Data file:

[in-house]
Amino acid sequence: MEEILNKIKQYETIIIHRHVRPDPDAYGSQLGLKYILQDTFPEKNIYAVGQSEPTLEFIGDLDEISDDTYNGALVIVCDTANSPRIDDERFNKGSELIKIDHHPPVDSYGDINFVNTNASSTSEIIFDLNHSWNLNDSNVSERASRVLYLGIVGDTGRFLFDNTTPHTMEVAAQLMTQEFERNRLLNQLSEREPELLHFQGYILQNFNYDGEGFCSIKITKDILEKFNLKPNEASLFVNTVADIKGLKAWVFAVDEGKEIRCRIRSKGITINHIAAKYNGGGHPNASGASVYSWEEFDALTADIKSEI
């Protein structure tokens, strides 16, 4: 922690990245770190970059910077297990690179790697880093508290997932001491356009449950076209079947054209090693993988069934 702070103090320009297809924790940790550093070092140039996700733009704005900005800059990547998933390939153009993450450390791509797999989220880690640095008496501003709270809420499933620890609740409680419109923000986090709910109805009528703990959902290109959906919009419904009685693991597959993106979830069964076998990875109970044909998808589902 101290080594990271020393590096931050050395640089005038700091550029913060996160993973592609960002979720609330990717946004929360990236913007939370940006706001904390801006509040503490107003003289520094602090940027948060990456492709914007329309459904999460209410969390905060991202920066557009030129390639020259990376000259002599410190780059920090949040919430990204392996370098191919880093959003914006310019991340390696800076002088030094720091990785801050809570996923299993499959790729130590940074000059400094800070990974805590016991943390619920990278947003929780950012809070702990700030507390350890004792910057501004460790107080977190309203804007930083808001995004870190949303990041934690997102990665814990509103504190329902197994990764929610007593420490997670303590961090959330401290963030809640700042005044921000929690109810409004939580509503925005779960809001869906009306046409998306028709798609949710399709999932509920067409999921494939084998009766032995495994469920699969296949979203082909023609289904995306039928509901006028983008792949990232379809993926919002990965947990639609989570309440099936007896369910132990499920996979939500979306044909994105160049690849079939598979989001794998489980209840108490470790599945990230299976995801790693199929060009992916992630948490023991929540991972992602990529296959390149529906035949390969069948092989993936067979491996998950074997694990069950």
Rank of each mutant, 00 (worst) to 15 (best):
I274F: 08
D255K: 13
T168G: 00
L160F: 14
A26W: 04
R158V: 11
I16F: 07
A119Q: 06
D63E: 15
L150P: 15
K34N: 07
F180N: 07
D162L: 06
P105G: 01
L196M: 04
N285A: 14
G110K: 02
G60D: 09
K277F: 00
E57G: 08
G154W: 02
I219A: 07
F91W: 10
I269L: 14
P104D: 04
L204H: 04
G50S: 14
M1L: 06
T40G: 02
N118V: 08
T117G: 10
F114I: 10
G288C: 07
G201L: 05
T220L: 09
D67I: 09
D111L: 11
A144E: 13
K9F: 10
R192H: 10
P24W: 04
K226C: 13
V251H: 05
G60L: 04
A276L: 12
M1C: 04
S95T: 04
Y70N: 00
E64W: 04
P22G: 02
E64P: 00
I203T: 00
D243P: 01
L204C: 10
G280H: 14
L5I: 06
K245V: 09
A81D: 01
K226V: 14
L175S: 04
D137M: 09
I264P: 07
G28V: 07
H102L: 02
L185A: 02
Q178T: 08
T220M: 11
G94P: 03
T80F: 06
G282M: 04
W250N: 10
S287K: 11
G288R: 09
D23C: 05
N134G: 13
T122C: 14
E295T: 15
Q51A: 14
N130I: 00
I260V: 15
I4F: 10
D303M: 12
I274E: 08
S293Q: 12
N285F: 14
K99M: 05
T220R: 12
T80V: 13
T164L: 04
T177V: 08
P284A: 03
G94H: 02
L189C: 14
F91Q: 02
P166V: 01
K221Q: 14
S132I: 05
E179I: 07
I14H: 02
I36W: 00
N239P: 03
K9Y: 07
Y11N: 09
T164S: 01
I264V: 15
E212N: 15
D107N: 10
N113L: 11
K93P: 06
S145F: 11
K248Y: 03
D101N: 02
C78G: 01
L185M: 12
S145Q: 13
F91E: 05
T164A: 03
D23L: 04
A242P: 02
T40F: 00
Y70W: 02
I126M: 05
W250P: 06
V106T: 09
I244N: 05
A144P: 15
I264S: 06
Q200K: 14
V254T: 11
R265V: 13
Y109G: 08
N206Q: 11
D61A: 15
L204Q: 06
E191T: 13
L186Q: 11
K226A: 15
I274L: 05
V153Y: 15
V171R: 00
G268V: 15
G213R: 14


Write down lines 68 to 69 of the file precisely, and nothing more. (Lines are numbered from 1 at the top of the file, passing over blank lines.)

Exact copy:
H102L: 02
L185A: 02